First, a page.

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Clinton ally on e-mails: ‘They wanted to get away with it’
By AFP - Oct 26,2016 - Last updated at Oct 26,2016
WASHINGTON — An e-mail released by WikiLeaks shows that a top Hillary Clinton adviser was dumbfounded that aides to the White House hopeful failed to disclose her use of a private e-mail server, suggesting “they wanted to get away with it”.
The e-mail from Neera Tanden, who currently helps run Clinton’s transition team, is dated March 2, 2015, the day The New York Times revealed that Clinton had used a homebrew e-mail server while serving as secretary of state rather than her secured government account.
While the FBI concluded earlier this year that federal charges against Clinton were not justified in the case, the issue has dogged her campaign to become America’s first woman president.
Tanden, the president of the liberal think tank Centre for American Progress, was trading messages with John Podesta, who was at the time preparing to chair Clinton’s campaign.
“Why didn’t they get this stuff out like 18 months ago? So crazy,” Tanden wrote.
Podesta responded: “Unbelievable”.
Tanden later wrote: “I guess I know the answer. They wanted to get away with it.”
Tanden suggested the decision to try to keep Clinton’s private e-mail use secret could be traced back to Cheryl Mills, a close aide at the time, calling it a “Cheryl special”.
“Know you love her, but this stuff is like her Achilles heal [sic]. Or kryptonite. she just can’t say no to this shit,” she wrote.
In a separate exchange released by WikiLeaks, Mills herself wrote to Podesta several days later, on March 7, 2015: “We need to clean this up — he has e-mails from her — they do not say state.gov,” referring to President Barack Obama.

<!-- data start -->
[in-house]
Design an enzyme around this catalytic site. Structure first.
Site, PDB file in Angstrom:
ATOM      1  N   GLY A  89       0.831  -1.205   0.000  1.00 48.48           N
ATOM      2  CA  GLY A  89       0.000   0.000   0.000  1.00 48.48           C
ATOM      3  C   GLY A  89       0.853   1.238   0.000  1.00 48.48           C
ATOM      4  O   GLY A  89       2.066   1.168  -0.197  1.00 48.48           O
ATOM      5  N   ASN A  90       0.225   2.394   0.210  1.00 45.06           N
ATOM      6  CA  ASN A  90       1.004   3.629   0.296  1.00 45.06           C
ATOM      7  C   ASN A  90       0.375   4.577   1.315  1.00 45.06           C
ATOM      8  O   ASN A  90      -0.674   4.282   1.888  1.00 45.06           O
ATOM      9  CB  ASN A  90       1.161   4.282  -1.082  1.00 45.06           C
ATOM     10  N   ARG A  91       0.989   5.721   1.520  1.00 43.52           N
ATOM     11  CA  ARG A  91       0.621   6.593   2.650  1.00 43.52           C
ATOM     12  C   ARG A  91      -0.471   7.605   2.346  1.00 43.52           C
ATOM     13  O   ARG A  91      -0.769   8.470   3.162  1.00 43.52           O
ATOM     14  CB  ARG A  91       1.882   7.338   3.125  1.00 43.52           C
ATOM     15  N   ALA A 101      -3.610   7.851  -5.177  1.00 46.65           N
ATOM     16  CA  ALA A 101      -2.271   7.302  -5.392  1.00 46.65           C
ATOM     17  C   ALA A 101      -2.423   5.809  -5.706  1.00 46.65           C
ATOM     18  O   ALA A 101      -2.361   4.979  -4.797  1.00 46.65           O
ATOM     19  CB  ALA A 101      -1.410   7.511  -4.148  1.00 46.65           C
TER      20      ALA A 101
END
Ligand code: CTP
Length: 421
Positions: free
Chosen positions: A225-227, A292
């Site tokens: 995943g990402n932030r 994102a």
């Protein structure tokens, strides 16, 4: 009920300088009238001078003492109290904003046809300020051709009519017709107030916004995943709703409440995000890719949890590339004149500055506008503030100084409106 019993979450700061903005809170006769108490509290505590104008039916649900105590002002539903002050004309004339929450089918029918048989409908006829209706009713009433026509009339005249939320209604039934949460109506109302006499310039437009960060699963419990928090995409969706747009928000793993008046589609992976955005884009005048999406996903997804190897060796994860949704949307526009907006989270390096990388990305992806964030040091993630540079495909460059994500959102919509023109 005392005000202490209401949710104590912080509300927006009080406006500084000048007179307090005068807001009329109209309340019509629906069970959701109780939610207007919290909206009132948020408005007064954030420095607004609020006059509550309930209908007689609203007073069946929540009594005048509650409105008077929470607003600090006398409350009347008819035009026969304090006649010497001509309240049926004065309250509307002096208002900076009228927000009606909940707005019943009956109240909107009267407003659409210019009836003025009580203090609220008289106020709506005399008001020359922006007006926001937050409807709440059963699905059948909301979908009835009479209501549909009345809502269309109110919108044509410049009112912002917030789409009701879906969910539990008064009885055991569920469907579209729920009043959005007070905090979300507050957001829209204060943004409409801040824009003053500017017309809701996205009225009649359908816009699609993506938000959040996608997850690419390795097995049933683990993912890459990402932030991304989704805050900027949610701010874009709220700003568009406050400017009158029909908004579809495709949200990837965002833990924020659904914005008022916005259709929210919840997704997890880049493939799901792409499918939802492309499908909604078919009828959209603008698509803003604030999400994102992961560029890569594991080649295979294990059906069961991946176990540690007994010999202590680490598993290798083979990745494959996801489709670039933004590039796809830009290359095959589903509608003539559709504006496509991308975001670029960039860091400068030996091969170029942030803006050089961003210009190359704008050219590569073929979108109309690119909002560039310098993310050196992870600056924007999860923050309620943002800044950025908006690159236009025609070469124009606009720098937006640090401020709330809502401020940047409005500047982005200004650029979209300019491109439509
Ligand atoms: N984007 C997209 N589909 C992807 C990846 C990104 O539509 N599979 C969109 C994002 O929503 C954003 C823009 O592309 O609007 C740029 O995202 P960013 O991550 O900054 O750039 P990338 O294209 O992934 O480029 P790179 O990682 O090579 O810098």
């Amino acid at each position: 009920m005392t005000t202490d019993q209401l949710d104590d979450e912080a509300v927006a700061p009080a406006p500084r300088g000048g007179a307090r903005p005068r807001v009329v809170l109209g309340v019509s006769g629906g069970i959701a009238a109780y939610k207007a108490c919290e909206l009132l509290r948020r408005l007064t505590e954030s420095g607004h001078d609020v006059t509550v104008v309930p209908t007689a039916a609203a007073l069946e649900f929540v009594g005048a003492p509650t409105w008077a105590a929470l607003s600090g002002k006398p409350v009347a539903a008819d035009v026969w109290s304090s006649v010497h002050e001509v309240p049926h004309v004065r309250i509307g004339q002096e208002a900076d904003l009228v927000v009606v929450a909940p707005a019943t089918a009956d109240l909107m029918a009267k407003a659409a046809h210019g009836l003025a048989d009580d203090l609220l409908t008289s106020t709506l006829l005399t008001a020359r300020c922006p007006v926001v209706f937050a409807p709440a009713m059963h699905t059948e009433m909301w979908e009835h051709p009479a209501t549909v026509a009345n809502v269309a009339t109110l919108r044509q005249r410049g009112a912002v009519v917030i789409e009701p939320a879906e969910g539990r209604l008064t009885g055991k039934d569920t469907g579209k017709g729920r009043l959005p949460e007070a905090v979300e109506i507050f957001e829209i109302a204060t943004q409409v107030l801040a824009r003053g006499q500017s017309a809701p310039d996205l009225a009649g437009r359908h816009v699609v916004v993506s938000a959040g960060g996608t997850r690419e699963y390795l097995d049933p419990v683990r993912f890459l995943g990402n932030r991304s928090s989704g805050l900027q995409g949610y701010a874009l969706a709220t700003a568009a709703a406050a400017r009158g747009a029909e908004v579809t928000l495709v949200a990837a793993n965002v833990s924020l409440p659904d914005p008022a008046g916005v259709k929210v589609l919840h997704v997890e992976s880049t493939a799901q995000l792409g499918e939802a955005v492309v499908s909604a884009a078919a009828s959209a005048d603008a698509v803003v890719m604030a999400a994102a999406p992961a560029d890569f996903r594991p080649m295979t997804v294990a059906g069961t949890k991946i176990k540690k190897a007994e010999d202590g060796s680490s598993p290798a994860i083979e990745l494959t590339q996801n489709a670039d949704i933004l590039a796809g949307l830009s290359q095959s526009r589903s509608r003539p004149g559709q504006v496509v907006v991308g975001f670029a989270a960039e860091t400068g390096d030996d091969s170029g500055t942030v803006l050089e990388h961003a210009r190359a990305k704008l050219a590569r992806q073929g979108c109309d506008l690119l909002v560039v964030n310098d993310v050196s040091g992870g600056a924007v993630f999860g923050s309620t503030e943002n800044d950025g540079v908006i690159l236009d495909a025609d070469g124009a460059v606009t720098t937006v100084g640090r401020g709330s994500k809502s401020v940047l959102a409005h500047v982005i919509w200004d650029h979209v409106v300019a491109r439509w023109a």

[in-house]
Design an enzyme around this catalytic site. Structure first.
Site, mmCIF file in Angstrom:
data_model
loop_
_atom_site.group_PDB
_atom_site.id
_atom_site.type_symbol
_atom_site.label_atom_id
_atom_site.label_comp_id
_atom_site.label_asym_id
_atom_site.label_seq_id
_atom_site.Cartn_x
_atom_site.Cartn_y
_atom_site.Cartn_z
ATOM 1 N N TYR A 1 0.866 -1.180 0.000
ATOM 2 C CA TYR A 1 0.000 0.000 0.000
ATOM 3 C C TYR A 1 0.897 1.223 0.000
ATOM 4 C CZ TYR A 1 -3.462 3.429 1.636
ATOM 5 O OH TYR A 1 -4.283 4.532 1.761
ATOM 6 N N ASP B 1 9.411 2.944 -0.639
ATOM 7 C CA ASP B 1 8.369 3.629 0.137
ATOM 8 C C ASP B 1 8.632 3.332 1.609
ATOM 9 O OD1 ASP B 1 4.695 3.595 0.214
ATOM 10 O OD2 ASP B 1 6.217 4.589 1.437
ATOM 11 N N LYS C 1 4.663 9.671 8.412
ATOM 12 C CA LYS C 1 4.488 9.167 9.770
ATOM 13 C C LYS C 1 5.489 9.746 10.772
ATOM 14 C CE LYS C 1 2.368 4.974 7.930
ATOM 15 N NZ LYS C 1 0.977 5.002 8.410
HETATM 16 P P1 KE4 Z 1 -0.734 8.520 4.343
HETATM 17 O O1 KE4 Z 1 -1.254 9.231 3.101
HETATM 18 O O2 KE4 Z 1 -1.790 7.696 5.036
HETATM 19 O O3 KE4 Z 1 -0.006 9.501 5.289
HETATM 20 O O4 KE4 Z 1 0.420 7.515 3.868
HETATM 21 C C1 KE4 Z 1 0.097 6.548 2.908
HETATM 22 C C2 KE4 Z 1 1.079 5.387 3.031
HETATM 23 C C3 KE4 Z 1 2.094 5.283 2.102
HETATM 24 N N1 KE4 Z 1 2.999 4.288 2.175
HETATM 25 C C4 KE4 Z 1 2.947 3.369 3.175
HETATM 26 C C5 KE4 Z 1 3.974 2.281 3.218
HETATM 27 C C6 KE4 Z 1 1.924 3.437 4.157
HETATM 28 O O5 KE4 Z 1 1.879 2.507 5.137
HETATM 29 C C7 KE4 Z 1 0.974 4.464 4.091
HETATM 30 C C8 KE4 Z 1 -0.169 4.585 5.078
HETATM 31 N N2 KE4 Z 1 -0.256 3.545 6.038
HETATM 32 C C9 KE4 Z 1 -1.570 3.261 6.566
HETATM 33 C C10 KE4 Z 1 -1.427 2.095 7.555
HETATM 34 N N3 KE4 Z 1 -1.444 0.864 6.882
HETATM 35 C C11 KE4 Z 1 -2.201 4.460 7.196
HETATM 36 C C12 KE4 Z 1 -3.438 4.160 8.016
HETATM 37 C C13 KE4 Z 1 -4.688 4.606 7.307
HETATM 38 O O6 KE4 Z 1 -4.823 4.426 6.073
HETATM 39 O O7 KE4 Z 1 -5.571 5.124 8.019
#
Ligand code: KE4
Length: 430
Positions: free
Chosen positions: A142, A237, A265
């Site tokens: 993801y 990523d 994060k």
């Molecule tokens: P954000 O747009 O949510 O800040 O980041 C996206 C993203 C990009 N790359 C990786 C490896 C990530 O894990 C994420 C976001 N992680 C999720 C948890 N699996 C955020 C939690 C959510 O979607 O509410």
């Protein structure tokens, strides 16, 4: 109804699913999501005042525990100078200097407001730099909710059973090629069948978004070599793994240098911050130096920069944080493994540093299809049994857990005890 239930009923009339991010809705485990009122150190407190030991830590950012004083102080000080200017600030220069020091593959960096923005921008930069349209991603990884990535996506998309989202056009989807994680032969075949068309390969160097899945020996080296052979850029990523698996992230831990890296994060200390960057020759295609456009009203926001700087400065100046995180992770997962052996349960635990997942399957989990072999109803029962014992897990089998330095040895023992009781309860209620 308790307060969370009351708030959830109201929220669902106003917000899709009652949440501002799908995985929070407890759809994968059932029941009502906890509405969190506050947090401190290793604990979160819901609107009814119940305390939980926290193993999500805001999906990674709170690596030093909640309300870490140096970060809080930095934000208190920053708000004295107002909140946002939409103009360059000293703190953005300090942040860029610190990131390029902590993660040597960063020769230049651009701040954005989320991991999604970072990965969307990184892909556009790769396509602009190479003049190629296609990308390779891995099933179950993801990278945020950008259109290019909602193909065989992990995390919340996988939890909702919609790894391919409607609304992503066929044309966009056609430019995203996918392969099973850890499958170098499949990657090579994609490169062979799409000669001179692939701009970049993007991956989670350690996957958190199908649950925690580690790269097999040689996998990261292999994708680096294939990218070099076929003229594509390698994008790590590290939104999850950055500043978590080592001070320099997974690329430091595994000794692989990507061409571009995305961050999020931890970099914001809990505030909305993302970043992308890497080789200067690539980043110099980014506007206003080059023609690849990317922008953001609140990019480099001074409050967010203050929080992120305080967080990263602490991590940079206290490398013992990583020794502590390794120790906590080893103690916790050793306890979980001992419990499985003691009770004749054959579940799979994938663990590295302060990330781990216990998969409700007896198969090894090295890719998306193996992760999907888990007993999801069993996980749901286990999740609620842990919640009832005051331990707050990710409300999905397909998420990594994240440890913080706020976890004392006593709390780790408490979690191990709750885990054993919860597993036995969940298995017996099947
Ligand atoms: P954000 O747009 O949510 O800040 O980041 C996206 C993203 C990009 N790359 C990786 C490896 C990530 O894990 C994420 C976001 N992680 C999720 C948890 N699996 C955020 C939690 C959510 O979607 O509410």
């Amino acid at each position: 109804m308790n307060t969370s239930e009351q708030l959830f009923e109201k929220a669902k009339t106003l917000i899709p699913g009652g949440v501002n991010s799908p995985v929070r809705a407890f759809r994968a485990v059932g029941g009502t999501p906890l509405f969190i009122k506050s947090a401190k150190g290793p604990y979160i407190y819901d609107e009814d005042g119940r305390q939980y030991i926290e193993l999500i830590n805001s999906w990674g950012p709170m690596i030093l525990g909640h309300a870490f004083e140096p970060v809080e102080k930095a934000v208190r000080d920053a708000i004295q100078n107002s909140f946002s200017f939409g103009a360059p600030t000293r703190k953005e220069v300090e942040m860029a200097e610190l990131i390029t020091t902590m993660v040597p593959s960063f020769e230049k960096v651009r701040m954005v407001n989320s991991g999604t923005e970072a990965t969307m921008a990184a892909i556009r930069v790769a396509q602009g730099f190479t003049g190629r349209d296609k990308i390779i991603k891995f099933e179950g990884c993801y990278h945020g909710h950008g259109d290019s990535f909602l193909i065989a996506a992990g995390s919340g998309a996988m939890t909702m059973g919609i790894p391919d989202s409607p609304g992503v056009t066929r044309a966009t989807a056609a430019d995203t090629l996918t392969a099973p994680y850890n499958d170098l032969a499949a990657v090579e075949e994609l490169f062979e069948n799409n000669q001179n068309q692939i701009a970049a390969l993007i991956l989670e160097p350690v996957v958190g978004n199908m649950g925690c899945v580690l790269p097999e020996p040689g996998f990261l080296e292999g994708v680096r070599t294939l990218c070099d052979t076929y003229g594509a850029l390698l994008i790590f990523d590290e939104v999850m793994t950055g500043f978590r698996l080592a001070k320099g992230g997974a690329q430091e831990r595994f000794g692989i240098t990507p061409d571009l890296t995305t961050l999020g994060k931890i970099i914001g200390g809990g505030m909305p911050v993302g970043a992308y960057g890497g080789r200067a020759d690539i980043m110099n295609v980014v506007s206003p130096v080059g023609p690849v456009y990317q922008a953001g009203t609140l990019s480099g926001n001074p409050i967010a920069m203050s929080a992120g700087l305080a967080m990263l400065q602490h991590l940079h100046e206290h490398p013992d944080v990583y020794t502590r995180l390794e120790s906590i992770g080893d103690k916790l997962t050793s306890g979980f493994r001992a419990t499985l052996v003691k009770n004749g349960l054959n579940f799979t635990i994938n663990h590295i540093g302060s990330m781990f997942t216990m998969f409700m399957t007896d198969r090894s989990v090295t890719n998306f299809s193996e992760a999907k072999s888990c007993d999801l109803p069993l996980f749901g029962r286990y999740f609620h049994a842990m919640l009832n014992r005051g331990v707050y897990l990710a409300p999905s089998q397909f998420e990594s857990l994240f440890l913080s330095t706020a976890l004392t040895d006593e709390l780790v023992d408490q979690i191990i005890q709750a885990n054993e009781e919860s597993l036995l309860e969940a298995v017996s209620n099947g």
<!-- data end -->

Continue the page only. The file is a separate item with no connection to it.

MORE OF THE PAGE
In the exchange with Tanden, Podesta acknowledged that Mills, Clinton’s personal lawyer David Kendall and longtime aide Philippe Reines “sure weren’t forthcoming on the facts here”.
The Clinton campaign has not confirmed or denied the authenticity of the stream of messages leaked by WikiLeaks, but has accused Russia of directing the hack of Podesta’s e-mails in an effort to tilt the election in favour of Republican Donald Trump.
Other messages published by WikiLeaks show Podesta and Tanden discussing potential weaknesses of the Democratic candidate.
“Her inability to just do a national interview and communicate genuine feelings of remorse and regret is now, I fear, becoming a character problem [more so than honesty],” Tanden wrote on August 22, 2015.
In September 2015, Podesta wrote about the hit Clinton’s campaign took as a result of the revelations on her e-mail practices, and how the candidate handled them.
“We’ve taken on a lot of water that won’t be easy to pump out of the boat. Most of that has to do with terrible decisions made pre-campaign, but a lot has to do with her instincts,” Podesta wrote on September 6, 2015.
“She’s nervous so prepping more and performing better. Got to do something to pump up excitement but not certain how to do that.”
Tanden then responded: “Almost no one knows better me that her instincts can be terrible. She does have to give time to allow new things to take hold.”
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